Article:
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Maine Historic Figures

Henry Wadsworth Longfellow
1807-1882. Henry Wadsworth Longfellow was born in Portland, Maine and was educated at Bowdoin College. Longfellow became one of the best loved American poets of all time with works such as "The Song of Hiawatha" and "The Courtship of Miles Standish". He earned great fame as one of the first poets to use themes of the landscape and Native American culture as the focus of his work. At the young age of 19, Longfellow was asked by Bowdoin College to serve as their Chair of Modern Languages.
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Harriet Beecher Stowe
1811-1896. During the time she lived in Maine, Harriet Beecher Stowe became one of the most important figures during the Civil War period by penning perhaps the most influential novel of its time. While living in Brunswick, Maine, Stowe was inspired to write Uncle Tom's Cabin, a story that was sympathetic towards the plight of slaves in the United States. Highly controversial, this novel stirred up emotions on both sides the slavery issue and was often used as a symbol to rally the abolitionist movement.
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James Blaine
1830-1893. James Blaine began his career as a journalist in Maine before going on to become one of the nation's most prominent politicians. After serving in the Maine State Legislature for three years, Blaine was elected to the U.S. House of Representatives where he served as Speaker of the House from 1869 to 1875. In 1884, Blaine earned the Republican Party's nomination for President of the United States and was narrowly defeated by Grover Cleveland. Blaine was also named the U.S. Secretary of State twice by Presidents Garfield and Harrison.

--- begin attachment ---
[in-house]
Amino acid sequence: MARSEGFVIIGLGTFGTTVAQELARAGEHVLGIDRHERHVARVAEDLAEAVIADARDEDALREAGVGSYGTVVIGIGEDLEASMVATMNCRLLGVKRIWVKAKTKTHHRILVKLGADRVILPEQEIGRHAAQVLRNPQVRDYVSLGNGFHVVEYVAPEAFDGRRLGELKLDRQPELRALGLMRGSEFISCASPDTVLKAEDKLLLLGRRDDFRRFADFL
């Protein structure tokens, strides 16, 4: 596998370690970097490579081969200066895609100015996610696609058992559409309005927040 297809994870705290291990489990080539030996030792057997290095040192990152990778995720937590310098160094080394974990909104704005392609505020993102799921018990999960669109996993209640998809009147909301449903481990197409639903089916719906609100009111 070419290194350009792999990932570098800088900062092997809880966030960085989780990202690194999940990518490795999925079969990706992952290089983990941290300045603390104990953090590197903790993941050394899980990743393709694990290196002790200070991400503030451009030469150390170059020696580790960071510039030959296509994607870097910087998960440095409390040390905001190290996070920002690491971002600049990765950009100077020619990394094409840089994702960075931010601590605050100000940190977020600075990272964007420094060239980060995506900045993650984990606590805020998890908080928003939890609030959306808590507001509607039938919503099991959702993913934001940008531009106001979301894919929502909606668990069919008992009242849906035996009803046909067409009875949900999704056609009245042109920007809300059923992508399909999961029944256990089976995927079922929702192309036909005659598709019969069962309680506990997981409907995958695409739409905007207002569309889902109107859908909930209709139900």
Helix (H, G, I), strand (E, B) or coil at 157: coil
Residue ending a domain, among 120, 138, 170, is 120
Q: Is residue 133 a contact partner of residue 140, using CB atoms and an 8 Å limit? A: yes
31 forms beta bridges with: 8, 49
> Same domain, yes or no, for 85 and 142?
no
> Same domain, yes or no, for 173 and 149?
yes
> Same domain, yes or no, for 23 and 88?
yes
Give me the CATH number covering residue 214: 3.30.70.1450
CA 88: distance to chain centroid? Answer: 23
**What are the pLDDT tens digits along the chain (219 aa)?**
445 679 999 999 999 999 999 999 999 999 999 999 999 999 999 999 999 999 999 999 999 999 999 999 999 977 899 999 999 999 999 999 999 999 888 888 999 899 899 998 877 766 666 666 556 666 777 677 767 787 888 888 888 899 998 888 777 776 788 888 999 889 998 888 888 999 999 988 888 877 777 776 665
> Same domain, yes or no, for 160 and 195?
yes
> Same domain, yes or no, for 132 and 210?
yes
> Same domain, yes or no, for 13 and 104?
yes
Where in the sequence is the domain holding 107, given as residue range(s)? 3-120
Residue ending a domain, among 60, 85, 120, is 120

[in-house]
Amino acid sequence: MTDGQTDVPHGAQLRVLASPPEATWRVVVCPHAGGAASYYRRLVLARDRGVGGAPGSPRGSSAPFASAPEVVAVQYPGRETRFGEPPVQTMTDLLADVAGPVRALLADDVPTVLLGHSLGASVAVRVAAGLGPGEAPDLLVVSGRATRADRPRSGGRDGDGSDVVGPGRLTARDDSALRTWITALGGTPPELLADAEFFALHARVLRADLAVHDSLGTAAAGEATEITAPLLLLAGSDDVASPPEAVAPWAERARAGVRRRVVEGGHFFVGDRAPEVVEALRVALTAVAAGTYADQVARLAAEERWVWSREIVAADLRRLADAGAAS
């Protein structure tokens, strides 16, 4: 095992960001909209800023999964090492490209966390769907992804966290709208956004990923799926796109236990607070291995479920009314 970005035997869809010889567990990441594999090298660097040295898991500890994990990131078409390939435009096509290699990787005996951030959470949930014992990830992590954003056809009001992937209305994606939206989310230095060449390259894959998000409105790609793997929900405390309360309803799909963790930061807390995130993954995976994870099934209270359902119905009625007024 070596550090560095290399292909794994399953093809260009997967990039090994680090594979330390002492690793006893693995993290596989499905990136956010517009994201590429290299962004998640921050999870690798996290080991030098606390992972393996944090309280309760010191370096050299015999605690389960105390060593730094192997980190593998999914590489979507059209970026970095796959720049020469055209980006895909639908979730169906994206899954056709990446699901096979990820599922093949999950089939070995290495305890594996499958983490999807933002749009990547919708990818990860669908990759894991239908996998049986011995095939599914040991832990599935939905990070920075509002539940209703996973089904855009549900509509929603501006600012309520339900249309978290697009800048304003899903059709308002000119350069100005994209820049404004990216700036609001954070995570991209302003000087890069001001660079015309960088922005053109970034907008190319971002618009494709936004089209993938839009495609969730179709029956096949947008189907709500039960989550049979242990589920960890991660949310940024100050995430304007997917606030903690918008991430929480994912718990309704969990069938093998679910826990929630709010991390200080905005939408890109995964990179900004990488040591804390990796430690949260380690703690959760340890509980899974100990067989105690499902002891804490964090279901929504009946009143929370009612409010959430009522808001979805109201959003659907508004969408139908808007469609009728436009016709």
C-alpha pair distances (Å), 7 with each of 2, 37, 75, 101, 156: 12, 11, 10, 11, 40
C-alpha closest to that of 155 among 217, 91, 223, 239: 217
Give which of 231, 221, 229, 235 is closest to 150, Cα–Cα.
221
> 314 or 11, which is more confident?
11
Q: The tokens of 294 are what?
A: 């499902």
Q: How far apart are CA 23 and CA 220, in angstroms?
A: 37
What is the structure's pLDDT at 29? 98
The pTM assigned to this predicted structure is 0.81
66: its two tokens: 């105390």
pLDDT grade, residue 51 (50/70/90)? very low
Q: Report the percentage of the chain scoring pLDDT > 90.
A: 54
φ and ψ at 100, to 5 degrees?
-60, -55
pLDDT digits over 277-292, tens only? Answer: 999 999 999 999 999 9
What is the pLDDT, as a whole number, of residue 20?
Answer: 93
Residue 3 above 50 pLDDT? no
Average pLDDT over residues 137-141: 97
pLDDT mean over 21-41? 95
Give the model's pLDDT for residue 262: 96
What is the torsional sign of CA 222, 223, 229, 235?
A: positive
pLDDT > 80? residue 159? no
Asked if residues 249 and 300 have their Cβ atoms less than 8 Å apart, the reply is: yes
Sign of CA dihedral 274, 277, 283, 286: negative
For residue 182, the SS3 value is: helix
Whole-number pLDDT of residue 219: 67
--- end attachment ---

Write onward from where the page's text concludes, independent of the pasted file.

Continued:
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Senator Margaret Chase Smith
1897-1995. Skowhegan native Margaret Chase Smith was elected to the U.S. Senate in 1948 making her the first ever elected to this position and also the first women to serve in both houses of Congress. Smith distinguished herself in office by being one of the politicians to openly stand against the "Red Scare" politics of the 1950's. Smith also made history by running for President in 1964, becoming the first woman be seriously considered for nomination.
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Former Secretary of State Edmund Muskie
1914-1996. Muskie was born in Rumford, Maine and studied at Bates College. He began his political career as a member of the U.S. House of Representatives and later served for two terms as Maine's Governor. In 1958, Muskie was elected to the U.S. Senate where served for 22 years. He became President Carter's Secretary of State in 1980 and served as in integral member of the Tower Commission during the Iran - Contra Scandal. Muskie also ran for President in 1972 and was the Democratic Party's nominee for Vice President in the 1968 election. A graduate program for public policy was established in his name at the University of Maine.
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